Cruciani et al. point out that Northeast Africa wasn't represented in the 2004 Semino et al. study, presumably to emphasize the point that its detection therein would have shown that the 12-repeat allele in question wasn't confined to sub-Saharan east Africa, particularly Ethiopia. It is certainly true that northeastern Africa was not represented, but in fact, a close examination of Semino et al.'s 2004 study, shows that the 12-repeat allele wasn't confined to sub-Saharan east Africa; it makes single or very low appearances in the "Near Eastern" and "European" samples, and interestingly none in north African [sans northeast Africa] samples.
Cruciani et al. on the other hand, did detect the 12-repeat allele in north African [sans northeast Africa], but still in relative low frequency (3 out of 16). The same applies to their findings in European samples, where it appears to be yet rarer than that of the north African samples. Considerable frequency is however noted in their northeast African sample, and consistently, in sub-Saharan east African samples. So, even going by Cruciani et al.'s findings, the greater distribution of the 12-repeat allele in eastern Africa in general, would argue for its introduction from eastern Africa.
Cruciani et al. reckon that simply because the 12-repeat allele is not confined to east Africa, it therefore doesn't allow one to infer the place of origin of E-M78 chromosomes. This ignores the point just made about its relatively rare occurrence outside of east Africa. Cruciani et al. reach this conclusion on the understanding that the 12-repeat allele's appearances in distinct sub-clades invokes homoplasy or parallel mutational events, and indeed, Semino et al. 2004 did not rule out that possibility, but unlike Cruciani et al. they took additional material into consideration:
—1) "It is interesting that both E-P2* and E-M35* and their derivatives, E-M78 and E-M123, exhibit in Ethiopians the 12-repeat allele at the DYS392 microsatellite locus, an allele scarcely seen..."
So while there is notable presence of 12-repeat allele bearing E-M78 chromosomes in northeast Africa as well, only in sub-Saharan east Africa does one come across not only considerable frequencies of E3-P2 [PN2 clade], but also the more immediate precursor of E-M78, i.e.—E-M35*, which bear this 12-repeat allele. As far as the present author can tell at this point, pending introduction to studies that suggest otherwise, the ensemble of at least three different PN2 macro-clade—including the ancestral ones—bearing the said 12-repeat allele, only occures in sub-Saharan east Africa. Case in point:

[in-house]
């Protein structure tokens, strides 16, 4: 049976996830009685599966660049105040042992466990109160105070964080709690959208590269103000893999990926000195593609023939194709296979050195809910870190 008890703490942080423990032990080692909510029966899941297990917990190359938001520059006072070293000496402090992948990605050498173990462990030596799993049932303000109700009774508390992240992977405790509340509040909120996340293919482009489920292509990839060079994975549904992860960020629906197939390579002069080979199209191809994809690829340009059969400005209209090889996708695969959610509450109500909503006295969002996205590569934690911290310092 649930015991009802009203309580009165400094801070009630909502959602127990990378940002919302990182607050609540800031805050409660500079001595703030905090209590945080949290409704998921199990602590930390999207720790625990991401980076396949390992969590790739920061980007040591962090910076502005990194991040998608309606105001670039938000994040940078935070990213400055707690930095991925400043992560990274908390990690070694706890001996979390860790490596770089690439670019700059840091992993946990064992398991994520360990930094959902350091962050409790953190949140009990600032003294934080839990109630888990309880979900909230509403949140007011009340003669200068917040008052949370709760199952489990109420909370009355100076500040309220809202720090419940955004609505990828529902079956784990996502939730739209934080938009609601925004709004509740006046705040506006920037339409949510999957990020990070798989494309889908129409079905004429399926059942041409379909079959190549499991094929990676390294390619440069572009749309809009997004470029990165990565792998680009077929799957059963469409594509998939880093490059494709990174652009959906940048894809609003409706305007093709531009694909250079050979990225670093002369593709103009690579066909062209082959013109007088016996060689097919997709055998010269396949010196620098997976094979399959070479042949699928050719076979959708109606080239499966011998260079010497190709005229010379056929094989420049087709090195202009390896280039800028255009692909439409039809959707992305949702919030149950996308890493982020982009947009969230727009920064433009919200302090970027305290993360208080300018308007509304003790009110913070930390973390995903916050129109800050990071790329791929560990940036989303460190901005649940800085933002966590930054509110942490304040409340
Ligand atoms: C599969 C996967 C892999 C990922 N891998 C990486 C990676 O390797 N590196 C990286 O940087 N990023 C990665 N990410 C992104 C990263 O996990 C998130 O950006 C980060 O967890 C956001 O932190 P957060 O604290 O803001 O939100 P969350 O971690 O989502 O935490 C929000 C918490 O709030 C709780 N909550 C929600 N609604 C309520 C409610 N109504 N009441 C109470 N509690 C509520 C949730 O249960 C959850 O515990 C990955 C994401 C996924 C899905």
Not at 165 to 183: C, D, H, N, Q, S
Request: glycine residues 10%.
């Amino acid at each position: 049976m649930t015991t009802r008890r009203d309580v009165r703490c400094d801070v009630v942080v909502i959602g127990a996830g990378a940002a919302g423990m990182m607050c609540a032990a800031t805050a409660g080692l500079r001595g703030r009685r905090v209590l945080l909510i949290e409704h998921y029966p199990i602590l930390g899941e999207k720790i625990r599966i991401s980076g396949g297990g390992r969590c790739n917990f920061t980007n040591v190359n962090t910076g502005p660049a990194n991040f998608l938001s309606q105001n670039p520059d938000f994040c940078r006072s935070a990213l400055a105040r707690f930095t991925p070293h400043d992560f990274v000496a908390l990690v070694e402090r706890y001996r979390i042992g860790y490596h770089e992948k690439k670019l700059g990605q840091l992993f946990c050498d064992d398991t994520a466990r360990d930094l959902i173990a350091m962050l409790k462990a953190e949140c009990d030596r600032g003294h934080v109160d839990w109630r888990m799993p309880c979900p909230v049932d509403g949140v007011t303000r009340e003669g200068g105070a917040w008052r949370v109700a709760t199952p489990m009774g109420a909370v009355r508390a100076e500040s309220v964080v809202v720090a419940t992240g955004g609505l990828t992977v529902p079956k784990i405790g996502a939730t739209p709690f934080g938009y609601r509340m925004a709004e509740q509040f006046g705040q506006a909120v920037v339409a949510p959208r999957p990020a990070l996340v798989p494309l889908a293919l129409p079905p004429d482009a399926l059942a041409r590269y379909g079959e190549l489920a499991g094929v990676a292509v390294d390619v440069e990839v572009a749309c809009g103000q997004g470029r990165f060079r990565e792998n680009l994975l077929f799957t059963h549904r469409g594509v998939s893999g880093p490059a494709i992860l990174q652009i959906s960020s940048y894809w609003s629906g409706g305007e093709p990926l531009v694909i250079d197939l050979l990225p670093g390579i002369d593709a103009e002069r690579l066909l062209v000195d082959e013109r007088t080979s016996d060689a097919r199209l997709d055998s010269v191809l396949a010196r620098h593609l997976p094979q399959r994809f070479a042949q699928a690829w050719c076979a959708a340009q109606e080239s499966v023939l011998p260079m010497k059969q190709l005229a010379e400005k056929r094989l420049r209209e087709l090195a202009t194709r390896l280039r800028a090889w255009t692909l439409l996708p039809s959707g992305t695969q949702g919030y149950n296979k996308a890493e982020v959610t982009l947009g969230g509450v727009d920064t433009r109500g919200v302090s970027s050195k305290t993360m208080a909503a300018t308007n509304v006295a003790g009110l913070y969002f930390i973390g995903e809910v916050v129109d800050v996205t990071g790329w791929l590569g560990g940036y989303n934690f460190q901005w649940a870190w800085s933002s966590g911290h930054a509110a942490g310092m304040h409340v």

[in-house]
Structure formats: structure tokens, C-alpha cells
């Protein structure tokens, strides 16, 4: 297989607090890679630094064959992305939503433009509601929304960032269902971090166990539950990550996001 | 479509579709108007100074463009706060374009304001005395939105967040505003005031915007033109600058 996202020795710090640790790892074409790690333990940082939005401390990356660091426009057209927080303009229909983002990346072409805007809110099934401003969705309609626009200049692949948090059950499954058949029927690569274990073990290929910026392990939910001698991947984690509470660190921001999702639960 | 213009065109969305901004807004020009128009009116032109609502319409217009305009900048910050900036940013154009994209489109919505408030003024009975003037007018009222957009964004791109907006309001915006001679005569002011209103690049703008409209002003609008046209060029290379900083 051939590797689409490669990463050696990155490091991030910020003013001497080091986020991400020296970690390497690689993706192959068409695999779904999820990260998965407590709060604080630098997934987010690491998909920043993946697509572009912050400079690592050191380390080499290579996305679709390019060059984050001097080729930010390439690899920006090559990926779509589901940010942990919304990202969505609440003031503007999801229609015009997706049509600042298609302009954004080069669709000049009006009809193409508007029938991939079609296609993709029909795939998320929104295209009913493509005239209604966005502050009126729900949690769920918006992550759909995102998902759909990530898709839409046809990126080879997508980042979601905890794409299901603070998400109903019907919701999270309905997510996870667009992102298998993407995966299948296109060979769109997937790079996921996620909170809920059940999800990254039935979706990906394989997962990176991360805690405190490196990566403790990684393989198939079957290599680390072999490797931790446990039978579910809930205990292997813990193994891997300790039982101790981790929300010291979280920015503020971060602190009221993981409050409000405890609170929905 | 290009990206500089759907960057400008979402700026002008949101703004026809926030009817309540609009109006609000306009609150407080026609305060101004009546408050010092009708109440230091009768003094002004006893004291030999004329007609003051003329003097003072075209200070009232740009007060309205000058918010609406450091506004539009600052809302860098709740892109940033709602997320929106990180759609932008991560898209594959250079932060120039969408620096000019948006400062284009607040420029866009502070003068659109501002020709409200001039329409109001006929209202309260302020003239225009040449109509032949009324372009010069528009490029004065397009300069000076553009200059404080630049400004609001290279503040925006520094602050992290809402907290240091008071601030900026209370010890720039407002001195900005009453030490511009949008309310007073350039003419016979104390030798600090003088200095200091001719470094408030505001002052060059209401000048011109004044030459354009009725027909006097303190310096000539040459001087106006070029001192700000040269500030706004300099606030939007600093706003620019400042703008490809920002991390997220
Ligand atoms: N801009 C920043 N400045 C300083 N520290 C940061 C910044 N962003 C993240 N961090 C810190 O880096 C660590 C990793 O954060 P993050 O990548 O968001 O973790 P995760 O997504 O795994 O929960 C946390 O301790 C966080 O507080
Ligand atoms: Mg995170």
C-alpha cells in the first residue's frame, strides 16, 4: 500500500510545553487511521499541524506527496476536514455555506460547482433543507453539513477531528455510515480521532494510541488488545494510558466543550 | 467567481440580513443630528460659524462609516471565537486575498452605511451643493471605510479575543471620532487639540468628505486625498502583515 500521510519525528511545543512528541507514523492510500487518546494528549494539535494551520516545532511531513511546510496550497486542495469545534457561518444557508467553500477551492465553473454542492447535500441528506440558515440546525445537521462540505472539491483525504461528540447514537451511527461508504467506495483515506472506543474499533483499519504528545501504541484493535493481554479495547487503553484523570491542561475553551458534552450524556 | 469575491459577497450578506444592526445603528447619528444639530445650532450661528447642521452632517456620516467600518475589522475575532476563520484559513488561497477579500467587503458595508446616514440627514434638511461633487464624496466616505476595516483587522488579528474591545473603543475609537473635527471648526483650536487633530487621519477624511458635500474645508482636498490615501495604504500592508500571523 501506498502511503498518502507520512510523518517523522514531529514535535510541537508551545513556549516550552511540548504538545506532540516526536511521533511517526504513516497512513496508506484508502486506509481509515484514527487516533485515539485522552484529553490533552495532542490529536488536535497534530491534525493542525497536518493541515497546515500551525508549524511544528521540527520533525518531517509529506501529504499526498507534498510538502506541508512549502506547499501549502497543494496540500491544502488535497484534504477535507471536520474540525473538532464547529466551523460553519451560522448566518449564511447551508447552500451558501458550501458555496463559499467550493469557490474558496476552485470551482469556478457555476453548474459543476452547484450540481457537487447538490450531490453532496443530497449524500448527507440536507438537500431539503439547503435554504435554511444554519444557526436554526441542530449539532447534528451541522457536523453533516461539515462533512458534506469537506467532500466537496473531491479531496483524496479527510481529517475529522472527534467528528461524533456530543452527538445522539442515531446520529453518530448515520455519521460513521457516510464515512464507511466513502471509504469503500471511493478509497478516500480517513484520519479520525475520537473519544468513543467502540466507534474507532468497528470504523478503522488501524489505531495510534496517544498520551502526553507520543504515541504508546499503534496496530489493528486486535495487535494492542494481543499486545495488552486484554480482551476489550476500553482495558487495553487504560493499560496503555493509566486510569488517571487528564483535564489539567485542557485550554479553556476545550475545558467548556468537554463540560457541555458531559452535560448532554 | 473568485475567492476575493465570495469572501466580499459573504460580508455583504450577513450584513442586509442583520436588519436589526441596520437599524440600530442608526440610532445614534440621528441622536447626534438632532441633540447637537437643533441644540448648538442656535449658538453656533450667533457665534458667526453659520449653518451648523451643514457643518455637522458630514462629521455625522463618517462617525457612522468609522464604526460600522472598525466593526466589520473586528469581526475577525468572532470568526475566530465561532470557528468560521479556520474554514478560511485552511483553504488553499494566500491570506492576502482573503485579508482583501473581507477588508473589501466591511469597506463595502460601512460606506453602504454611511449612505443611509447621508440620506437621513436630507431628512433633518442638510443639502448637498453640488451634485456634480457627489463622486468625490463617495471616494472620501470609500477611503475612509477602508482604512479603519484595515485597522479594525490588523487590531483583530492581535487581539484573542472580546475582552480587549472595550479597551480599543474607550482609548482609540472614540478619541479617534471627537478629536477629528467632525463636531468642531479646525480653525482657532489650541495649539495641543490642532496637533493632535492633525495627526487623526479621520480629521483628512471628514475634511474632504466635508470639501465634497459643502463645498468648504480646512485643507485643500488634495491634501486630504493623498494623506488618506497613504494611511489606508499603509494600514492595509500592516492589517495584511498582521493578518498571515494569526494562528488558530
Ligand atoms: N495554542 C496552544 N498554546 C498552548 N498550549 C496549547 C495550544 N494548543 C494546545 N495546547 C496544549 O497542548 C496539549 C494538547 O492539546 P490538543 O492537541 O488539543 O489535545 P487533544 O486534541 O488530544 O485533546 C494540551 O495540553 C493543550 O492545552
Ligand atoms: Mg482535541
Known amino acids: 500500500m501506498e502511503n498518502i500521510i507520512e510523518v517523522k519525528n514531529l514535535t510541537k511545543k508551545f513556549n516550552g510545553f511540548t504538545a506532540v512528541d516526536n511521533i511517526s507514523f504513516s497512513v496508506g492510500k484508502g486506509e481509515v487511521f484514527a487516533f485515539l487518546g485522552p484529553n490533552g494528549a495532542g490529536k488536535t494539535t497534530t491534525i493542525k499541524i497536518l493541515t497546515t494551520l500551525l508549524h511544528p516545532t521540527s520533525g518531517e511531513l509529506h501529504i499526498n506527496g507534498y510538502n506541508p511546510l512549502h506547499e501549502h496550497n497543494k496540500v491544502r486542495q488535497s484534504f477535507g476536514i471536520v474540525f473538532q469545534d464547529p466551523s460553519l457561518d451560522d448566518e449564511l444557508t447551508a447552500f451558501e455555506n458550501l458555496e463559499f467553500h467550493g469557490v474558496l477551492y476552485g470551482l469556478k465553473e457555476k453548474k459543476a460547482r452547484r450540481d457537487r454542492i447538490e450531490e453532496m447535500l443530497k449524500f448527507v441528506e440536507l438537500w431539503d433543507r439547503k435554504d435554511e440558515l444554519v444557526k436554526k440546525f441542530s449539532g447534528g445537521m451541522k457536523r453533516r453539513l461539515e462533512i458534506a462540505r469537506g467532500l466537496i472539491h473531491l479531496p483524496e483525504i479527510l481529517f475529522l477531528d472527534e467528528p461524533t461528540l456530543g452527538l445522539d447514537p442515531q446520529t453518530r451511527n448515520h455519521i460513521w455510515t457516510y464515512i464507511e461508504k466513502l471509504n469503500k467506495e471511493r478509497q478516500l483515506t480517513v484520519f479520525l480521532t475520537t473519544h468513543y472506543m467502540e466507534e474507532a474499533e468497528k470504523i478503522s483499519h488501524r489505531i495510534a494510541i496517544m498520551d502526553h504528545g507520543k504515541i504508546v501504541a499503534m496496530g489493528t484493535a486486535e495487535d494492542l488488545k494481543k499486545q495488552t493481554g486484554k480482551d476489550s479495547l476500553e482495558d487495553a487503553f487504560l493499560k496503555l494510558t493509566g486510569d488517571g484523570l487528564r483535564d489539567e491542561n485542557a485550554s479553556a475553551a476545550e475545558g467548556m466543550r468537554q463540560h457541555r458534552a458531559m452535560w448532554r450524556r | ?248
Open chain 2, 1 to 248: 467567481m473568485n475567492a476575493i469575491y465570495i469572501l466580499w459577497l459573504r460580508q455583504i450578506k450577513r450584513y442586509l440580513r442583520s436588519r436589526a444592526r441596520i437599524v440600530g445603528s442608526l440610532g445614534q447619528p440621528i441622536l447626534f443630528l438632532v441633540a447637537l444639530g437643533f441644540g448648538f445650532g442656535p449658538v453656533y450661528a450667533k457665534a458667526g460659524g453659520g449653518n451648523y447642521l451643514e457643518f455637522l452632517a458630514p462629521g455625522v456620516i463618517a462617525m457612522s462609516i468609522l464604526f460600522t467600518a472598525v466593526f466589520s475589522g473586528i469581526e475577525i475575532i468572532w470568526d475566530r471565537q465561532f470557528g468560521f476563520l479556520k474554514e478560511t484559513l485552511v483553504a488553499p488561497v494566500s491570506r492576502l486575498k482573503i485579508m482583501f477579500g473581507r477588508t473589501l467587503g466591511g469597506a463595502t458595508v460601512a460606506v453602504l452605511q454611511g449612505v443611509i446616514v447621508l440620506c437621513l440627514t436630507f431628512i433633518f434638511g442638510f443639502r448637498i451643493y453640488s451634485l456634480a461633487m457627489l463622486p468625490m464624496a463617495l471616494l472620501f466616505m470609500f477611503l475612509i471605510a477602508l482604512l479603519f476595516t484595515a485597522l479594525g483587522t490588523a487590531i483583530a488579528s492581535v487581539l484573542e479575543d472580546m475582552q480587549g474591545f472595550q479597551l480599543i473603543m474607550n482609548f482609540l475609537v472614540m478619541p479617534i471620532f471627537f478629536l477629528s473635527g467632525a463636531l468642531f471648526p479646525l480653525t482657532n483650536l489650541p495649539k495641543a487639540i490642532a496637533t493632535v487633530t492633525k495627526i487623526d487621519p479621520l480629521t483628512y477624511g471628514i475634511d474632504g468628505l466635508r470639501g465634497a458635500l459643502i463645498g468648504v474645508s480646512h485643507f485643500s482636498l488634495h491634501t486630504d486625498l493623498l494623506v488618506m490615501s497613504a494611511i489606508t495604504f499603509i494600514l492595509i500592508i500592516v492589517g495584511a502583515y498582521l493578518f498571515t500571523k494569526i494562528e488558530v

"...first scenario is more likely, since this unique microsatellite haplotype occurs in E-P2*, E-M35*, and E-M78 but is almost *absent in all other haplogroups and populations*."
—2) "One possible scenario is that an ancient differentiation of the E-P2 haplogroup occurred in loco (East Africa). However, this also implies a low mutability of the associated microsatellite motif (DYS392-12/DYS19-11)...
In addition, the high stability of the DYS392 locus (Brinkmann et al. 1998; Nebel et al. 2001) and of the shorter alleles of DYS19 (Carvalho-Silva et al. 1999) has been reported elsewhere."
So again, while not ruling out independent parallel microsatellite mutational events across different PN2 clades, the repeat occurrence of the 12-repeat allele across different PN2 clades, including the ancestral ones, coupled with the possibility of "low mutability", which translates into "high stability" of the locus in question, indicates that the 12 repeat could well have also been inherited from a precursor PN2 clade(s). If the latter is the case, certainly sub-Saharan East Africa as the likely place of origin for the allele, can be put forward as a strong argument. And in getting back to the appearance of this allele in sub-Saharan or Sahelian west Africa, in the Senegalese sample for instance, would tend to favor an east African origin at some point in history, rather than as a remnant of interactions with coastal northwest Africans, where the allele is rare, even going by Cruciani et al.'s findings.
Initially posted here: